Earlier this month, Fort Worth State Representative Ramon Romero filed a proposal that would repeal Texas Senate Bill 4. SB4, set to become effective on September 1, 2017, cracks down on so-called “sanctuary” cities, municipalities that opt not to give priority to the deportation of undocumented immigrants. The new law will prohibit any municipal policy that involves or promotes less than full cooperation with federal immigration agents. It also establishes fines or jail terms for elected officials who fail to enforce its provisions. The statute gives police the authority to interrogate any detainee about his or her immigration status.
Romero told reporters that he fears the law will lead to boycotts of the state of Texas similar to those in Arizona. That state passed a similar bill last year and became the subject of travel boycotts by many out-of-state organizations. Romero says that at least one group that annually comes to Texas for its convention—the American Immigration Lawyers Association—has already indicated that it will go elsewhere this year.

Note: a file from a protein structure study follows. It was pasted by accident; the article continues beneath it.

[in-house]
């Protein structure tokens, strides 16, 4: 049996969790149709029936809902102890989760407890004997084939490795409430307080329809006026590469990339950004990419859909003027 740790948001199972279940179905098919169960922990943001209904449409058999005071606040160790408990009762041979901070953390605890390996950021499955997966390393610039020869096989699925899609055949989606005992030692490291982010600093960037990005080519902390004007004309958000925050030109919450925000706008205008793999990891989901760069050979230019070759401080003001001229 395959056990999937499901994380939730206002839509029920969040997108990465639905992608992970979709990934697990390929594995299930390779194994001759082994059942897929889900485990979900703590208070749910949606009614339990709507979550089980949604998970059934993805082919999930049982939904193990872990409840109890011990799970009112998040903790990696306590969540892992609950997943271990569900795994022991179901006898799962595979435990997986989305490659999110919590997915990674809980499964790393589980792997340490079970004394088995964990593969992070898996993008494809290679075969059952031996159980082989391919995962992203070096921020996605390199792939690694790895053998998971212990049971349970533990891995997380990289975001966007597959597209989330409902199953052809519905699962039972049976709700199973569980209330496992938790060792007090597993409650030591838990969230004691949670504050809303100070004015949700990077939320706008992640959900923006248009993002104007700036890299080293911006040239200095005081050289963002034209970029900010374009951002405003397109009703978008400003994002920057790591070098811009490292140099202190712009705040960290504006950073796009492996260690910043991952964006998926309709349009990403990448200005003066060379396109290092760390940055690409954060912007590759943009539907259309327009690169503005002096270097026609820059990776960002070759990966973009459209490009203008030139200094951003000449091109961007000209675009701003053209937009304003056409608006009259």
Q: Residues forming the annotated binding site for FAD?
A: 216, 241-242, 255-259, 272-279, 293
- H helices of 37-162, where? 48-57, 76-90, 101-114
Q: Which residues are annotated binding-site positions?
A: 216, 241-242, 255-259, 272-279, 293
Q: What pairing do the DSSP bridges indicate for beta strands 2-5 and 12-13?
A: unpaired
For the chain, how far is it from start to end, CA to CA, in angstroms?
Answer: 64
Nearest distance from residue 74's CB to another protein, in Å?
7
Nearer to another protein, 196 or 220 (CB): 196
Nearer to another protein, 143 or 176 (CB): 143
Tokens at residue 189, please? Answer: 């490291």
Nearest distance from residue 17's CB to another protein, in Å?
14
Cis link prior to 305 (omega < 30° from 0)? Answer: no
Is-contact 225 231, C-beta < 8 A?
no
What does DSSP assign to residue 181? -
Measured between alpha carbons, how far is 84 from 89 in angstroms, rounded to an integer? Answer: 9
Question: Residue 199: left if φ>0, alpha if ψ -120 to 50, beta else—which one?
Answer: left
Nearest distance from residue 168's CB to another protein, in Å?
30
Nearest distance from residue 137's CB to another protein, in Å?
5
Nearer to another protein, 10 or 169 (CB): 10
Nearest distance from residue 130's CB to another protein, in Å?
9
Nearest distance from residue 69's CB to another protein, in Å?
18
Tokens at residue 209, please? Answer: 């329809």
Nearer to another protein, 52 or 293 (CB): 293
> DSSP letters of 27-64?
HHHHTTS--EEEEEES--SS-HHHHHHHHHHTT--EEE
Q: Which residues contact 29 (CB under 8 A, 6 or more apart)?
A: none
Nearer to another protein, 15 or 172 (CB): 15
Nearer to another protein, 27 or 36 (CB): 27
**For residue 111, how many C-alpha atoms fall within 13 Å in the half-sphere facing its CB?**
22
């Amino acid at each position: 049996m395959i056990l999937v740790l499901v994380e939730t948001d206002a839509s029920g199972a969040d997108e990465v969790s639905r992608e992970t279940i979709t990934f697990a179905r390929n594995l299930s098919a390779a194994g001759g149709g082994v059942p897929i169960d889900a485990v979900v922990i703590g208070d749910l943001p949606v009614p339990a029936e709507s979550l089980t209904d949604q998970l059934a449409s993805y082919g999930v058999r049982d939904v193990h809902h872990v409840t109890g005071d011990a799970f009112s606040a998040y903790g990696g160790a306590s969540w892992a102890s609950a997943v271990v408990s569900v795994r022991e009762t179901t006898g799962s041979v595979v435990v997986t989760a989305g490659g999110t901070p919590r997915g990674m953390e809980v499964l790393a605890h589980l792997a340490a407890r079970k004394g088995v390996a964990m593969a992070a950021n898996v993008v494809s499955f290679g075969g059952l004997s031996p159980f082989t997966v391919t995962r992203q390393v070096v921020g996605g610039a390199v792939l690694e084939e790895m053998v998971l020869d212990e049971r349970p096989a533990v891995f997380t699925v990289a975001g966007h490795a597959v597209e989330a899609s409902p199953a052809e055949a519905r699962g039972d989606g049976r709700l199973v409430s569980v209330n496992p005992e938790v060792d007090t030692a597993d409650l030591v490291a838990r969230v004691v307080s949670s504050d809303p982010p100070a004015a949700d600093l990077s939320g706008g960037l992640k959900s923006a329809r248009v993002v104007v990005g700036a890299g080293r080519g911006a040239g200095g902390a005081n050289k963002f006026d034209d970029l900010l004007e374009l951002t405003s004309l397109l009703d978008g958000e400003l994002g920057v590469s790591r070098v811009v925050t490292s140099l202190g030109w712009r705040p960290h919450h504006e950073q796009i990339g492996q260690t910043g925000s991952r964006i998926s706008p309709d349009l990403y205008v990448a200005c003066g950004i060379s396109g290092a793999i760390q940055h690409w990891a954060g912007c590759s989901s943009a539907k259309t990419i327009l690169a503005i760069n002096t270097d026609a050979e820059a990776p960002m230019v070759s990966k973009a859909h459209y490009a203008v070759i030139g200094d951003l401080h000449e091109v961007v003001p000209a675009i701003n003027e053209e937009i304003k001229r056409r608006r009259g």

Advocates for minorities, particularly Hispanics, say the new law unconstitutionally allows racial profiling. They also say that it serves as a disincentive for anyone with a questionable immigration status to report crimes, making them targets of violent crimes. According to the Fort Worth Star-Telegram, a group of teenagers detained there told police that they targeted Hispanics because “they’ve got money and they don’t call the police.”
At the law office of Bailey & Galyen, we provide a free initial consultation to every client. To set up an appointment with an experienced Texas immigration law attorney, contact us by e-mail or call our offices at one of the convenient locations listed below. We will take your call 24 hours a day, seven days a week.